On the Road to Financial Fitness

I did a phone demo this morning with the nice folks at Mint. I have personally had trouble getting set up with this free service because of something wonky my bank did to make the registration process impossible. But Stephen – Mint’s director of consumer advocacy — tells me they got that all fixed today and I should be good to go.

I am absolutely going to sign up and take the service for a whirl. There were several features in the demo that had me thinking, “I need that!”

Here’s one:

I’ve been hearing a lot lately about the benefits (and risks) of these insanely confusing but mighty tempting cash-back reward credit cards. Some offer a small percent (typically 1%) back on most purchases and more (maybe 5%) back on something specific – usually related to a brand. But some, such as the Discover More card, offer cash back on a wide range of purchases. Discover sent me the schedule of how the cash back system works with their card. Depending on the following schedule you might get rewards on groceries or home repairs.

Discover tells me that those cash-back rewards can be put into savings, dropped onto a gift card from one of their partner merchants, or even used to pay down my Discover card balance. That sounds mighty tempting to me. But is that the right cash-back card for me?

Once I get all my accounts linked to my Mint account, I can find out. It will look at my spending habits and all manner of financial details about me, compare that to the details of all these rewards cards, and recommend the best card for me. (This is in the “Ways to Save” section under “Credit Cards.”) I need that! It will also make recommendation on other financial institution choices. This is just the one that grabbed me because I want one of these rewards cards and have been way confused about which one.

The other thing in the demo that made me sit up and say, “Whoa, gimme that!” was the new – actually still in Beta – Financial Fitness section. This section looks at your debt, investments, spending, credit cards, bank fees, and spending habits and recommends fixes, strategies, financial advice, and action items to improve your financial fitness. It provides a financial to-do list based on five basic concepts of financial management:

  1. Know your Money
  2. Spend Less than you Earn
  3. Use Debt Wisely
  4. Invest Your Savings
  5. Prepare for the Unexpected

It looks like this:

When you click the “Do It Now” button to the right of a to-do item, it helps you find the right saving account or reward card, or whatever it is you need so you can take action right away. I love the “Nice Job!” button on items you are doing well on.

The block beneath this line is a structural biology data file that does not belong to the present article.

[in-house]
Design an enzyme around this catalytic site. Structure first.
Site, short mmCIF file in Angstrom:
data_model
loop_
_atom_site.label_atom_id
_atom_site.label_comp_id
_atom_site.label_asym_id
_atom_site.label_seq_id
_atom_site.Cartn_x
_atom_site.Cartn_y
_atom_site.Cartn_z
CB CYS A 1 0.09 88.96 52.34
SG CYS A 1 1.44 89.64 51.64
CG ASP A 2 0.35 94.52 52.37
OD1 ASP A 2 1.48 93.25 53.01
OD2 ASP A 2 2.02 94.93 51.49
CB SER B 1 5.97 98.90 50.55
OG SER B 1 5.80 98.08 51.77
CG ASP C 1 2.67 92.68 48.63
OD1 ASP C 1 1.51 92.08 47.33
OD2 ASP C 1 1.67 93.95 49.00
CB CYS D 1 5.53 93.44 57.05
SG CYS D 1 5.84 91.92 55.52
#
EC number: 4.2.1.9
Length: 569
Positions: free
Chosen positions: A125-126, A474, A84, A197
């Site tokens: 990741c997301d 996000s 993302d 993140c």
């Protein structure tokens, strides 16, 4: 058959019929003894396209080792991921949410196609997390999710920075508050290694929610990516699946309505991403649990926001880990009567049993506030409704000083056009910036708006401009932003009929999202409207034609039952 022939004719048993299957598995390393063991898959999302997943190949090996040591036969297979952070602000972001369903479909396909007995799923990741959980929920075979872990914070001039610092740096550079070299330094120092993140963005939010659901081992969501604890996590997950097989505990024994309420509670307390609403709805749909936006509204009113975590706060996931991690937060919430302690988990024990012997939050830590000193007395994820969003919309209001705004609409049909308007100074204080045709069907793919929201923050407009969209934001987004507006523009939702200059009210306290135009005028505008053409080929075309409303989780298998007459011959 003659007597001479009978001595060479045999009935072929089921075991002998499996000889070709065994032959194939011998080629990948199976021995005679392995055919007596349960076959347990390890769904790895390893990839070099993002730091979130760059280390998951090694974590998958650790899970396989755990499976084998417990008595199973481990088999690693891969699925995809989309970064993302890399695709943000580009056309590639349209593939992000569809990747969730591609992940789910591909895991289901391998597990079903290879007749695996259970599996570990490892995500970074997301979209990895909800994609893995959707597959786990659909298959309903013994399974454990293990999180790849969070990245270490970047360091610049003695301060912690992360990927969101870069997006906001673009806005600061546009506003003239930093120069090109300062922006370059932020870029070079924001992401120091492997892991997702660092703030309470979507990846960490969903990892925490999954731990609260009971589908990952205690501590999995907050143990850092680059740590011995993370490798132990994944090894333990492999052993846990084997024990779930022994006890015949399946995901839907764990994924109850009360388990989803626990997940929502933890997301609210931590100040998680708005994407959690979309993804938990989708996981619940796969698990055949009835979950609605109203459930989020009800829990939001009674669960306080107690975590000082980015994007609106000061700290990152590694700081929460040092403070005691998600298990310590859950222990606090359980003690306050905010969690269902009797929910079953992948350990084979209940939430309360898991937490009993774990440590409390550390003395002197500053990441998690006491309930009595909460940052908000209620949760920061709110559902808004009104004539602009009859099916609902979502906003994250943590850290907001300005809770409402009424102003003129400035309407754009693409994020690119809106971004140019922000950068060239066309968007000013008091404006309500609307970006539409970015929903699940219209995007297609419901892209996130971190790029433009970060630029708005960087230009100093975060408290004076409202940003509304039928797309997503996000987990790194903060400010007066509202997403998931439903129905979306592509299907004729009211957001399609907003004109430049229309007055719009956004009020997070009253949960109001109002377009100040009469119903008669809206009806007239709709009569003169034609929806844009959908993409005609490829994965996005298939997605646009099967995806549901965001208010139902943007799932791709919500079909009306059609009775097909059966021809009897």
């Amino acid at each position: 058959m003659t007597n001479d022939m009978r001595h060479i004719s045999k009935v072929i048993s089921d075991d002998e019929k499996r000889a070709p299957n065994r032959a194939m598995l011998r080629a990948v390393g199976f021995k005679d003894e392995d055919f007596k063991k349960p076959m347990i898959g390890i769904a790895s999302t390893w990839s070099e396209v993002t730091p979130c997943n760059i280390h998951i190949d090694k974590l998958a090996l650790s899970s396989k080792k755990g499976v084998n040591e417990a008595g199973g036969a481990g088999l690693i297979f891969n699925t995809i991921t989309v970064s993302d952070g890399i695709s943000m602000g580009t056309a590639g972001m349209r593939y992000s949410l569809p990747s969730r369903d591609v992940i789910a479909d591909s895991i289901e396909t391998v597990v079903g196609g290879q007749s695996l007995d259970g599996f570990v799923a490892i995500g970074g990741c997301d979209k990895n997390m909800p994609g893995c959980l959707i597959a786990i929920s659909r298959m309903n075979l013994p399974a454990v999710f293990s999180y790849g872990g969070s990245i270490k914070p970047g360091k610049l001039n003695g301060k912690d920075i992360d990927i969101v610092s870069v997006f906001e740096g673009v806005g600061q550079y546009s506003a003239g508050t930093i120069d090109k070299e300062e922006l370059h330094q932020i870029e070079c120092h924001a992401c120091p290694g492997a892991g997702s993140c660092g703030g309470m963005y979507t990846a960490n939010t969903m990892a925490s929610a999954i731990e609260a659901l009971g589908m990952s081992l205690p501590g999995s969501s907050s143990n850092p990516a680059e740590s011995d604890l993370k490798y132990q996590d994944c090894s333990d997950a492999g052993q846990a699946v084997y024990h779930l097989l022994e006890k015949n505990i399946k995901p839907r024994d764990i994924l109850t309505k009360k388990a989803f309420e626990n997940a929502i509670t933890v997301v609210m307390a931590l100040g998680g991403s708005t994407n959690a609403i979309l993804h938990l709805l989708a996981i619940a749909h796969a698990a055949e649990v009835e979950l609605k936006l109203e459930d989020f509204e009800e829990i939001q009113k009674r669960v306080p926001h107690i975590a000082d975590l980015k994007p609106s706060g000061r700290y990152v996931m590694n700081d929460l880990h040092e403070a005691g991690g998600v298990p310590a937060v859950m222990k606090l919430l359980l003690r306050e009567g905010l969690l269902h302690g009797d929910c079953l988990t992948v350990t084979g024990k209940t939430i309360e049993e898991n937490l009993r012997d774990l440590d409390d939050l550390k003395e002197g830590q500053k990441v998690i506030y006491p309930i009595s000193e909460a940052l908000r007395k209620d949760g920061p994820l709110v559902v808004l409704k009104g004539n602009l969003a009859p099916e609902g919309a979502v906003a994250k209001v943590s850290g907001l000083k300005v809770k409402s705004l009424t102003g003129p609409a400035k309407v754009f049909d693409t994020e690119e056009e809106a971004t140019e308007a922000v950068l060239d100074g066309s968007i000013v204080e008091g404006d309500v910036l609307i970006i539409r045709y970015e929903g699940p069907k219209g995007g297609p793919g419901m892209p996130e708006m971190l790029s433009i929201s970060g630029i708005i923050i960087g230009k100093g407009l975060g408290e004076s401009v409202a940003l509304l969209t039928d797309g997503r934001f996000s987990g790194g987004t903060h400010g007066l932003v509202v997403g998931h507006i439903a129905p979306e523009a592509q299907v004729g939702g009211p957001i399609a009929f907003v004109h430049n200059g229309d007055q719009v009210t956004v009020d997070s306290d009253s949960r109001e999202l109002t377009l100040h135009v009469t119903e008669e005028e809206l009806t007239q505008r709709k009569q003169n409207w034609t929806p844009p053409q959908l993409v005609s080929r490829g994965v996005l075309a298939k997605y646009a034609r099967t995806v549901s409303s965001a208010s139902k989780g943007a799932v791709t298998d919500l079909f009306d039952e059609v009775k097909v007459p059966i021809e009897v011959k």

If you want to try the beta before it goes live, here’s what you do. Sign up at Mint.com. Then send an email to
from the email address you used to sign up and allow Mint a couple of days to set you up.

5 thoughts on “On the Road to Financial Fitness

  1. I LOVE Mint.com!! I make sure and visit that site every day just to look at my balances. It keeps me conscious of my finances. I’ve been doing this for the past 4 months. Before, I never paid attention and always came up short each month. Now I’m very frugal and careful with my funds. It’s very much like being on a diet and writing down every think you eat in a day.

    I also love the text alerts I get through my iPhone application.

  2. I’m a huge fan of Mint. Sadly, it went down due to a glitch with my bank for a few weeks but I’ve been back up and running again. I’ll send the email as I’m dying to try the new beta.

  3. I love Mint but have also recently tried Thrive.com. Are you familiar with that one? Both have their strengths and weaknesses, but think I lean more toward Mint for now.

  4. Glad to see you have discovered the cashback phenomenom. I hope you make the right decision on which cashback card to go for. Remember to pay the full balance every month if you can and be sure you know the terms sentence for sentence. That Do It Now option on the Mint site is kinda like a price comparison thing right? Using different price comparison sites is a good idea when wanting to go for a cashback card. And you should try to find real reviews of peoples experiences with such cards before finally registering for one. Still as long as you play your cards right its possible to actually turn the tables on card issuers and have them make us money for a change!

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